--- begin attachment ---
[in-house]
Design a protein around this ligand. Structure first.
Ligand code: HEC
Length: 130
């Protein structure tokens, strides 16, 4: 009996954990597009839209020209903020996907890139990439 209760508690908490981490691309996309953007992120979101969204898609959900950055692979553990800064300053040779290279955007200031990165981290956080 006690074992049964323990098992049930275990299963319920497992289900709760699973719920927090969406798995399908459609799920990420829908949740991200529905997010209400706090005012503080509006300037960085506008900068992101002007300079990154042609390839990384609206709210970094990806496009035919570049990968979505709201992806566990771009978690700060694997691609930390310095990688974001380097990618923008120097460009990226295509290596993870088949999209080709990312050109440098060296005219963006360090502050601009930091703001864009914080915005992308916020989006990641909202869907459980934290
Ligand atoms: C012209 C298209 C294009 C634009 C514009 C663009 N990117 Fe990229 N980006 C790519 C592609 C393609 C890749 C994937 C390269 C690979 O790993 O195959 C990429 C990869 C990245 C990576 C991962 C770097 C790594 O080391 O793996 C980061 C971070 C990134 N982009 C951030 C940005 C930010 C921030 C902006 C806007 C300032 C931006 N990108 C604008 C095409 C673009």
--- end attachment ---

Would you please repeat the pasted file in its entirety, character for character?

[in-house]
Design a protein around this ligand. Structure first.
Ligand code: HEC
Length: 130
């Protein structure tokens, strides 16, 4: 009996954990597009839209020209903020996907890139990439 209760508690908490981490691309996309953007992120979101969204898609959900950055692979553990800064300053040779290279955007200031990165981290956080 006690074992049964323990098992049930275990299963319920497992289900709760699973719920927090969406798995399908459609799920990420829908949740991200529905997010209400706090005012503080509006300037960085506008900068992101002007300079990154042609390839990384609206709210970094990806496009035919570049990968979505709201992806566990771009978690700060694997691609930390310095990688974001380097990618923008120097460009990226295509290596993870088949999209080709990312050109440098060296005219963006360090502050601009930091703001864009914080915005992308916020989006990641909202869907459980934290
Ligand atoms: C012209 C298209 C294009 C634009 C514009 C663009 N990117 Fe990229 N980006 C790519 C592609 C393609 C890749 C994937 C390269 C690979 O790993 O195959 C990429 C990869 C990245 C990576 C991962 C770097 C790594 O080391 O793996 C980061 C971070 C990134 N982009 C951030 C940005 C930010 C921030 C902006 C806007 C300032 C931006 N990108 C604008 C095409 C673009």